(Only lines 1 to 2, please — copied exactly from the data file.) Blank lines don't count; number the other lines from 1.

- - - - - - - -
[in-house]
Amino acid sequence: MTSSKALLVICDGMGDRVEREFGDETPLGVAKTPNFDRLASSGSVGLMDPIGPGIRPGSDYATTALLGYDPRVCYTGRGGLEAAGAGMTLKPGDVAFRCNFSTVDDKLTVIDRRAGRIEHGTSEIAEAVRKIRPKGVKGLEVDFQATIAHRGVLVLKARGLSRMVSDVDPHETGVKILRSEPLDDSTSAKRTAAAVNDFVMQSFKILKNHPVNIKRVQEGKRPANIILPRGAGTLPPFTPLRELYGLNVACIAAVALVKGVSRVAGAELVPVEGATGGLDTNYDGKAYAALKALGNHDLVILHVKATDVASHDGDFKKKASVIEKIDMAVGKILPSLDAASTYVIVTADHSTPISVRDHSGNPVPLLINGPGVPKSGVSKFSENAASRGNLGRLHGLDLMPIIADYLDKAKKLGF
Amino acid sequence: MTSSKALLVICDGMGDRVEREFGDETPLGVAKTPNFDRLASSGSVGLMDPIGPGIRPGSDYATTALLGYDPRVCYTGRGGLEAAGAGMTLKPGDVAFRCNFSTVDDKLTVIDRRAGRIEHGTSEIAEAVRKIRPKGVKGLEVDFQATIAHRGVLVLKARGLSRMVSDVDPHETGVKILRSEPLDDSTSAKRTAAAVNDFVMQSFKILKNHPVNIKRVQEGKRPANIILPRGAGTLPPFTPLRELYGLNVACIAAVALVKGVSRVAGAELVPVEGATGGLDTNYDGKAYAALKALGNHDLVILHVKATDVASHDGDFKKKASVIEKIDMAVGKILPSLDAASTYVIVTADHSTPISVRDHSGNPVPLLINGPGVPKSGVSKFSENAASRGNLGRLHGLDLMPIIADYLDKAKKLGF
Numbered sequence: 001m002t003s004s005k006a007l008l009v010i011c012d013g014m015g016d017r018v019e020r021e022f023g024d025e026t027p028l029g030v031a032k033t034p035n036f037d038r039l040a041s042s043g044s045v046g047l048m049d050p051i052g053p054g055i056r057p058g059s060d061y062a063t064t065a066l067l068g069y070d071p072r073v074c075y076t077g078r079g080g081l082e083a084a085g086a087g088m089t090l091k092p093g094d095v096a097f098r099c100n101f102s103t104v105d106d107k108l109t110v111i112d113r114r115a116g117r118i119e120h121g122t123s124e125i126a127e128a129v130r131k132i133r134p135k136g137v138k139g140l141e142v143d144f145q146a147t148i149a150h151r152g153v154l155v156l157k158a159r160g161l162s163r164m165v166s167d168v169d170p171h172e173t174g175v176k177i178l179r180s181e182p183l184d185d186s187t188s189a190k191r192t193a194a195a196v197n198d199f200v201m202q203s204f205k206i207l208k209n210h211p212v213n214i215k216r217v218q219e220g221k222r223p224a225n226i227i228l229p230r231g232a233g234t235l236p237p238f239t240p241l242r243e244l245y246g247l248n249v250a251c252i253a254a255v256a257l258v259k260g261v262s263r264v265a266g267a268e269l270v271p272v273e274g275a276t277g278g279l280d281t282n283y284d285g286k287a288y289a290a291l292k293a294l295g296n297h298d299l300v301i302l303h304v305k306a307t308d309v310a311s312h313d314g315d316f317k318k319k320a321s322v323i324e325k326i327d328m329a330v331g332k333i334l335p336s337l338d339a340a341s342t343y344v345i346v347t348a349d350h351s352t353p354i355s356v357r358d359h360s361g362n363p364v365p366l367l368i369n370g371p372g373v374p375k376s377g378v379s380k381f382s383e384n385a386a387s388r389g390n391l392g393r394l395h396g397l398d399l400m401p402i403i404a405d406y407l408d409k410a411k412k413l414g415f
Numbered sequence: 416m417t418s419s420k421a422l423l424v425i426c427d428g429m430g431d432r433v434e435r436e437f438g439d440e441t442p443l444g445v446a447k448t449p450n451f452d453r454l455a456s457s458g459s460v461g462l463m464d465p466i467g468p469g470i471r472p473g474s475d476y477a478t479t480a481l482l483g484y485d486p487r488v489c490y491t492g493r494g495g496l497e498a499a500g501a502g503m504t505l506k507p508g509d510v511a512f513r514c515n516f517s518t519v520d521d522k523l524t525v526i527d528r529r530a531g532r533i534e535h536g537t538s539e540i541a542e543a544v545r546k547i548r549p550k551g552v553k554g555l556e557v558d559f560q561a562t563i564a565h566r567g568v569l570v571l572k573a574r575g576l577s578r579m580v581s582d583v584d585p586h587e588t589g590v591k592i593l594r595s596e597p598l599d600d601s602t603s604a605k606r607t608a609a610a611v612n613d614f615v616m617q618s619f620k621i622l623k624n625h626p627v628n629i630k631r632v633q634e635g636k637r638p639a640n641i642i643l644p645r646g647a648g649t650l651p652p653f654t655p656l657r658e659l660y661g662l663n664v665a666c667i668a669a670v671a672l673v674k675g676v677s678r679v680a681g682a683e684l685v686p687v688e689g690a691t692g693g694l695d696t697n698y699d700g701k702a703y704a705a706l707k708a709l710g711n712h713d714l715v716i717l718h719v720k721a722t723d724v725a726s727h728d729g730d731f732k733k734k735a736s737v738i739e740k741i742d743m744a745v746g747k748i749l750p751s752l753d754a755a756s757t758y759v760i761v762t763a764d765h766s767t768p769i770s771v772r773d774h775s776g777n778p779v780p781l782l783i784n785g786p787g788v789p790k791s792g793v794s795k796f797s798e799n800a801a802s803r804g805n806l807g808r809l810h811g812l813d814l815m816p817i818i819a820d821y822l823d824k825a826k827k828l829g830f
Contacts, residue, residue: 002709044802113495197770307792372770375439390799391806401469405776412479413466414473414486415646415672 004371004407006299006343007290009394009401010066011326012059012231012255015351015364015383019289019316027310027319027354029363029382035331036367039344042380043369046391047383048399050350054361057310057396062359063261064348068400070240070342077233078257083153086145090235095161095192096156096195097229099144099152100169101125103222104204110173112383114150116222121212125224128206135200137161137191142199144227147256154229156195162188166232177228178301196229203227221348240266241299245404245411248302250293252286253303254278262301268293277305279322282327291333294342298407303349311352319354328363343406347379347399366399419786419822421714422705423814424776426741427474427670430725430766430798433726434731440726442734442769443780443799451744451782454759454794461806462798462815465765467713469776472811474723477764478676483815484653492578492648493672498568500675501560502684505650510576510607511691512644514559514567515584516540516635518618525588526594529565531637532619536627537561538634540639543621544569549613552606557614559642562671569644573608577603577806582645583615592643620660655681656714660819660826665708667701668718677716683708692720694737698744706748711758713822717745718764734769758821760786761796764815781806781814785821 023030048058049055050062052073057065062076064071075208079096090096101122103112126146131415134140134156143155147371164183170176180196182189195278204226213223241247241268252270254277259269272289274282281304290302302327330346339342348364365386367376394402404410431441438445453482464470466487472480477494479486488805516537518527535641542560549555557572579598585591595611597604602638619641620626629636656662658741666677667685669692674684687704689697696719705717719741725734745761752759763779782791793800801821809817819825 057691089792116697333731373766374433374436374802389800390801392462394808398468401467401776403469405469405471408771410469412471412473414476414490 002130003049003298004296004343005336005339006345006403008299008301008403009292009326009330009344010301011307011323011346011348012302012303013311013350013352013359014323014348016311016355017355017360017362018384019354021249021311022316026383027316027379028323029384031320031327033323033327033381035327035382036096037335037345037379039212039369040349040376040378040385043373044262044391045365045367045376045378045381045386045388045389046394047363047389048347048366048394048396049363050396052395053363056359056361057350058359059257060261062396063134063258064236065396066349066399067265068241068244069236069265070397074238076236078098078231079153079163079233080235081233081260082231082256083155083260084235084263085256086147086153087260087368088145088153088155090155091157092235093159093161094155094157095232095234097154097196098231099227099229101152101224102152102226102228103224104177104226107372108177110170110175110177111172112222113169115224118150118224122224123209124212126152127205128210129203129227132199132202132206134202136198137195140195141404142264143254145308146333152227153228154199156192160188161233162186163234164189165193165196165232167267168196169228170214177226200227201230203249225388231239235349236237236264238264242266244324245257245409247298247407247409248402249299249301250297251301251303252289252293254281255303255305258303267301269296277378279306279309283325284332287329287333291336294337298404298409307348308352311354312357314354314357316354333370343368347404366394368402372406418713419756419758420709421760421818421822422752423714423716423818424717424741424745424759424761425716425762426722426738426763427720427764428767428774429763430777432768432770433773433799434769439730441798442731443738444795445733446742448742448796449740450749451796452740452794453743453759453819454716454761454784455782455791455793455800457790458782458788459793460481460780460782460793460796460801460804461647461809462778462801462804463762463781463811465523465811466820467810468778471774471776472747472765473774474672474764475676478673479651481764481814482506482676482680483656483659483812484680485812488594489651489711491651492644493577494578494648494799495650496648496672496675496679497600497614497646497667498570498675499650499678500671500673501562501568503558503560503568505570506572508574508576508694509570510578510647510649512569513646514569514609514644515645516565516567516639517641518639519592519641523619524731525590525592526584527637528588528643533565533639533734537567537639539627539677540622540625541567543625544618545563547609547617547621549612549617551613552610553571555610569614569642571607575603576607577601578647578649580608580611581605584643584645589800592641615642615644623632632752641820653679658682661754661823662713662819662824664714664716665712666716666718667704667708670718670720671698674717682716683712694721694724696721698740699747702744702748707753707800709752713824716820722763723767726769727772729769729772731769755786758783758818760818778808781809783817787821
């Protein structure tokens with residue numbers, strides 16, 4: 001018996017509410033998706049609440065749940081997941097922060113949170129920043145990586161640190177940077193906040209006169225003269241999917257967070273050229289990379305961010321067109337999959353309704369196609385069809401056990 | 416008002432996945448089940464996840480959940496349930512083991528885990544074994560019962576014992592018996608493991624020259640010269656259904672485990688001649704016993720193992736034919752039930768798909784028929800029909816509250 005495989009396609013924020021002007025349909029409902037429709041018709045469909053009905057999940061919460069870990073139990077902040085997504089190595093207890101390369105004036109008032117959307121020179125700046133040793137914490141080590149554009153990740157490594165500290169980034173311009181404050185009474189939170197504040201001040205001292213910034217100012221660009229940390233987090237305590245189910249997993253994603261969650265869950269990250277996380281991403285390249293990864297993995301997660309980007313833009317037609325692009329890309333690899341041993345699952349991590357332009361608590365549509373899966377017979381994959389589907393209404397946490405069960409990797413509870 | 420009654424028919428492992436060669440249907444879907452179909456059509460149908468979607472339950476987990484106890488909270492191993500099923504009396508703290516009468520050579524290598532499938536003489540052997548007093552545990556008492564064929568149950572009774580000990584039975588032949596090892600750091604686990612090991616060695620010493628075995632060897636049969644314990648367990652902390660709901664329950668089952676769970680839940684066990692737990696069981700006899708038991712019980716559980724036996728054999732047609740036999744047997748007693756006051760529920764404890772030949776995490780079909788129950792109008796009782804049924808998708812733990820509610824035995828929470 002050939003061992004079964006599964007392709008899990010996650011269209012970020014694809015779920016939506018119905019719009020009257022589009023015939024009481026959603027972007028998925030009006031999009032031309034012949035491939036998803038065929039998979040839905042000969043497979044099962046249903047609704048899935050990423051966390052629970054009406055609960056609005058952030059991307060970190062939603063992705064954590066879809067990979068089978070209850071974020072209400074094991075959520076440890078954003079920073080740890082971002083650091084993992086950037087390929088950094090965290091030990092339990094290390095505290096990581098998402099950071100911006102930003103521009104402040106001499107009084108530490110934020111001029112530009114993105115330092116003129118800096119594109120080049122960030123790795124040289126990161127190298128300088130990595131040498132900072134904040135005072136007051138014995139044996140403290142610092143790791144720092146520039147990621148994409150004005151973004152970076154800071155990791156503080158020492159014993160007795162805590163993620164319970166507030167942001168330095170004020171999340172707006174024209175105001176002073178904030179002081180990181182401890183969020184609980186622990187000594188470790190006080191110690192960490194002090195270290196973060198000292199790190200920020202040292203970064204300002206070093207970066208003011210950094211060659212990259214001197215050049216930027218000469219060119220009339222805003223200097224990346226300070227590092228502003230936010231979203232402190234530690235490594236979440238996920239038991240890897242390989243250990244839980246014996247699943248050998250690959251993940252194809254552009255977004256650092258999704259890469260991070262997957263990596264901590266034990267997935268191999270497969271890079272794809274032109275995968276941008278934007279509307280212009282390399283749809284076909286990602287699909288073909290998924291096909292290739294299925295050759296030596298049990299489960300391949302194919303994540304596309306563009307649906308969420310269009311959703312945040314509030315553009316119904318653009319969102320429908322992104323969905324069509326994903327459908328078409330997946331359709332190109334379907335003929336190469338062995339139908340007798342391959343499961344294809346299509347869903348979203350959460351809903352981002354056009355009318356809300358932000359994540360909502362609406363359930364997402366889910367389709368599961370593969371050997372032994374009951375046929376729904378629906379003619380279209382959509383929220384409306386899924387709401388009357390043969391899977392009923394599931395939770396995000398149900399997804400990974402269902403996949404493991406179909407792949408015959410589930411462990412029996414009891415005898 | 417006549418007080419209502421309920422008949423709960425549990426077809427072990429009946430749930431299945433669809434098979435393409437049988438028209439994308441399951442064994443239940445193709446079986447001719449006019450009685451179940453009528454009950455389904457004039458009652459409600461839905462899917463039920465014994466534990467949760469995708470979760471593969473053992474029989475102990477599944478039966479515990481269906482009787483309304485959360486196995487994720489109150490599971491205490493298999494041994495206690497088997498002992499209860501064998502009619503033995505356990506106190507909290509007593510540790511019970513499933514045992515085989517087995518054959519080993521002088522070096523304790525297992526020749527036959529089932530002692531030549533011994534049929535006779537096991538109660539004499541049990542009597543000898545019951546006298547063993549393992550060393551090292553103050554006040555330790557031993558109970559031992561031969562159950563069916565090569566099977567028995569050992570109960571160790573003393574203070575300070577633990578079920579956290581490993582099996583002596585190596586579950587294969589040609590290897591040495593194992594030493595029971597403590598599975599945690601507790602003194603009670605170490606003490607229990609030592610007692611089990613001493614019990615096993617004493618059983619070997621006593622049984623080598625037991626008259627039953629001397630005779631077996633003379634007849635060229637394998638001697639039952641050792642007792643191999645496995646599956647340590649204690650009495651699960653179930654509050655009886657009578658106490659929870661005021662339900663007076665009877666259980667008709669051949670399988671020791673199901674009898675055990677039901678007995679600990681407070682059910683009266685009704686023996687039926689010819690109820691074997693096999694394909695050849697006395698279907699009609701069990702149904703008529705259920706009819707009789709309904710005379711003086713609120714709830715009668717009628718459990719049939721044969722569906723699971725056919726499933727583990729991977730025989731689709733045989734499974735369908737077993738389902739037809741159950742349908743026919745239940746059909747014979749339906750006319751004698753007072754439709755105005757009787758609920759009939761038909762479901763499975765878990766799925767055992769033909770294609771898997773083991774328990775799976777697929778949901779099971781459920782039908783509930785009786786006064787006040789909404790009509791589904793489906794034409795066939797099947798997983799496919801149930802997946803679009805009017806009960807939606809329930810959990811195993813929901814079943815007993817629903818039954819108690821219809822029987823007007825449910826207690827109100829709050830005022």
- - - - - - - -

[in-house]
Amino acid sequence: MTSSKALLVICDGMGDRVEREFGDETPLGVAKTPNFDRLASSGSVGLMDPIGPGIRPGSDYATTALLGYDPRVCYTGRGGLEAAGAGMTLKPGDVAFRCNFSTVDDKLTVIDRRAGRIEHGTSEIAEAVRKIRPKGVKGLEVDFQATIAHRGVLVLKARGLSRMVSDVDPHETGVKILRSEPLDDSTSAKRTAAAVNDFVMQSFKILKNHPVNIKRVQEGKRPANIILPRGAGTLPPFTPLRELYGLNVACIAAVALVKGVSRVAGAELVPVEGATGGLDTNYDGKAYAALKALGNHDLVILHVKATDVASHDGDFKKKASVIEKIDMAVGKILPSLDAASTYVIVTADHSTPISVRDHSGNPVPLLINGPGVPKSGVSKFSENAASRGNLGRLHGLDLMPIIADYLDKAKKLGF